Hospitals can’t lose power. Period. Doctors and patients depend on electricity to run the sensors, monitors, infusion devices and other equipment needed to deliver care and save lives.

Traditionally, hospitals relied on their own microgrids for backup power when outages occurred. A microgrid is a source of electricity that serves a specific local area, such as a hospital, campus or business complex, and can be operated independently from the traditional utility electricity grid.

Most microgrids are powered by diesel generators which emit large amounts of carbon dioxide and more than 40 toxic air contaminants, including known carcinogens. That’s not the healthiest solution, especially for a healthcare provider.

This is why hospitals have been among the earliest adopters of renewable microgrids, which are based on sources such as solar, wind, biofuel and fuel cells, often accompanied by battery storage.

In 2017, healthcare provider Kaiser Permanente integrated a microgrid consisting of 250 kilowatts of solar and a one-megawatt battery system to its existing diesel-powered backup system at its Richmond Medical Center in California. Besides ensuring uninterrupted power to the hospital’s acute-care facility, the microgrid helps Kaiser Permanente maintain the carbon neutral status it achieved in 2020. It’s also projected to save nearly $400,000 annually by lowering the amount of electricity the facility must purchase from the utility.

The need for microgrids is growing as extreme weather events associated with climate change increase the frequency of grid outages that impact business operations. A recent Associated Press analysis of utility data submitted to the U.S. Department of Energy (DOE) found that the annual number of severe weather-related outages have more than doubled since the early 2000s. Across the economy, the DOE estimates that power outages cost businesses $150 billion each year.

Last year, consultancy Wood Mackenize Power and Renewables (WoodMac) reported that 2021 was on track to be a record year for microgrid installations in the U.S. and estimated that 800 megawatts of microgrid projects would be installed by 2024. According to WoodMac, companies that have already installed microgrids include The Home Depot, Whole Foods, GM, Toyota, Stop & Shop and Kaiser Permanente.

Some of these microgrid programs aren’t quite so micro: The JFK airport modernization project, for example, will use microgrids as part of an effort to move the airport to 100 percent renewable energy over the coming decade.

For organizations with lesser needs, the “microgrids as a service,” or MaaS, model offers a more affordable alternative. Microgrid developers are responsible for designing, financing and installing a microgrid at a company’s facility. The company in turn agrees to purchase electricity produced by the microgrid at a set price for a set period of time, usually 25 years, which can help insulate a business from future utility price hikes. Market researcher Knowledge Sourcing Intelligence projects the global MaaS market to grow to $2.6 billion by 2026, from $812.5 million in 2019.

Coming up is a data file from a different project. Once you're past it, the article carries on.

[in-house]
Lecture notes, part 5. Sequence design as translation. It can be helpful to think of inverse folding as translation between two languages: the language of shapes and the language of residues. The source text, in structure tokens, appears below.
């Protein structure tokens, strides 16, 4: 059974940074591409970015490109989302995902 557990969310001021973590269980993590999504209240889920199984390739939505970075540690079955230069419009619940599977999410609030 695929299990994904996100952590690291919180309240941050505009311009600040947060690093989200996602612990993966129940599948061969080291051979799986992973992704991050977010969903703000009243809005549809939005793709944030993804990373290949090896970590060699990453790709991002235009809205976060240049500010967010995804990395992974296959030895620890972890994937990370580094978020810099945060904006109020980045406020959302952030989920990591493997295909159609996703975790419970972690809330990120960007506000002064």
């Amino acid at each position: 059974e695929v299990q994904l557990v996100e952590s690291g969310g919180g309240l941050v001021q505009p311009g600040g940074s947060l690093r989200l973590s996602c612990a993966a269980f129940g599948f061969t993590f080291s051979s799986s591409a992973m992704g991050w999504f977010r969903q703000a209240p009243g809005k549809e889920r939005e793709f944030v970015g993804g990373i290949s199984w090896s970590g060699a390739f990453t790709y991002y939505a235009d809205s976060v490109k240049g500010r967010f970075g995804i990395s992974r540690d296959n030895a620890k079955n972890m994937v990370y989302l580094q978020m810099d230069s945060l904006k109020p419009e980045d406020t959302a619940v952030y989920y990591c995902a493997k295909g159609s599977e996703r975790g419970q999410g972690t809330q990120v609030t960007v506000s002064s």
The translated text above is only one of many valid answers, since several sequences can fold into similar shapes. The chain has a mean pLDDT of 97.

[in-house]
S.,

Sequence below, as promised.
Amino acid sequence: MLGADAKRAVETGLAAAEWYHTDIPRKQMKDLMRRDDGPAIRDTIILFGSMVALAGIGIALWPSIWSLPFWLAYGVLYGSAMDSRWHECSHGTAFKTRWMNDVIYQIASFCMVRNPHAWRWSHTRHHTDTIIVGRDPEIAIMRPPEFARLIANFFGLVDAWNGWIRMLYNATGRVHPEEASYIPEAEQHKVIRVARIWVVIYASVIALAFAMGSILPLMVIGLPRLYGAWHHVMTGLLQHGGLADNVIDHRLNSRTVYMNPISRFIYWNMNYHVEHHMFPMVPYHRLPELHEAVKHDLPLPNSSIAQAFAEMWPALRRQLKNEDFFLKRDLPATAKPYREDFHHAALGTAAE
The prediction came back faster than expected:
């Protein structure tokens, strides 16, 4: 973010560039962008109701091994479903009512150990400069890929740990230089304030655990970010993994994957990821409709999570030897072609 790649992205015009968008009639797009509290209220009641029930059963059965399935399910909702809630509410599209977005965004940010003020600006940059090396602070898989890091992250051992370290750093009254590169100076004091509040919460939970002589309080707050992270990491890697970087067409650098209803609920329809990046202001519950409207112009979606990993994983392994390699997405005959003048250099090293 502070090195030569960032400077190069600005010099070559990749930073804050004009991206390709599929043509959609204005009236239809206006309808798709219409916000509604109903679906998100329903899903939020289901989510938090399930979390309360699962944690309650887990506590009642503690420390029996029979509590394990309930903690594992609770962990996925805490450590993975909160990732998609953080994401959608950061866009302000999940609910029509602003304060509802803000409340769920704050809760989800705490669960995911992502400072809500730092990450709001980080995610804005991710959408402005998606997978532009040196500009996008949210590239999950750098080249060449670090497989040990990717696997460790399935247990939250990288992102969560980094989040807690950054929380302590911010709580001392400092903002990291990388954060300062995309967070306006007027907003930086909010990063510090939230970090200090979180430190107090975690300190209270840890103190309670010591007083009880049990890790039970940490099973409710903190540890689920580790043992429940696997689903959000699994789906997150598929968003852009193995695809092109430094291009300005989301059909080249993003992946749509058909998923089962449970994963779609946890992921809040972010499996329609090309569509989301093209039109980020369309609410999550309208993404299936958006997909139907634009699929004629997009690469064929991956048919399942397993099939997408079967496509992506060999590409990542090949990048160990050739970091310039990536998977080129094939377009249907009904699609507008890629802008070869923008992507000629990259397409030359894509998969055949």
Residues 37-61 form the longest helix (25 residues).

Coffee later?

Increasingly frequent power outages take a toll on companies’ financial performance. Yet traditional fossil fuel backup solutions only contribute to climate-change-fueled extreme weather. Renewable microgrids can help companies make progress towards decarbonization goals while also ensuring they stay open and operating at all times.

Executive Mindset

Backup plan:
“Our stores are an important community resource for our customers, particularly when severe weather strikes. Whether customers need to stock up on food, batteries, flashlights, other emergency items, or even
their prescription medications, we know how vital the products and services our stores provide are. [Microgrids] will not only reduce our stores’ impact on the environment but also ensure our stores can stay
open when needed most.”
—Gordon Reid, President of Stop & Shop,
in a 2020 announcement about microgrids being installed at 40 of the company’s stores


2021 Costliest Climate Disasters by Region / As climate change fuels more extreme weather events, the human and economic impact becomes greater. Across the world in 2021, there were over 400 natural disasters. Fifty of them exceeded a billion dollars in damage, according to global reinsurer Aon’s 2021 Weather, Climate and Catastrophe Report.

This article appeared in the Summer 2022 issue of Insigniam Quarterly with the headline “Heat Map: Staying Power.” To begin receiving IQ, go here.

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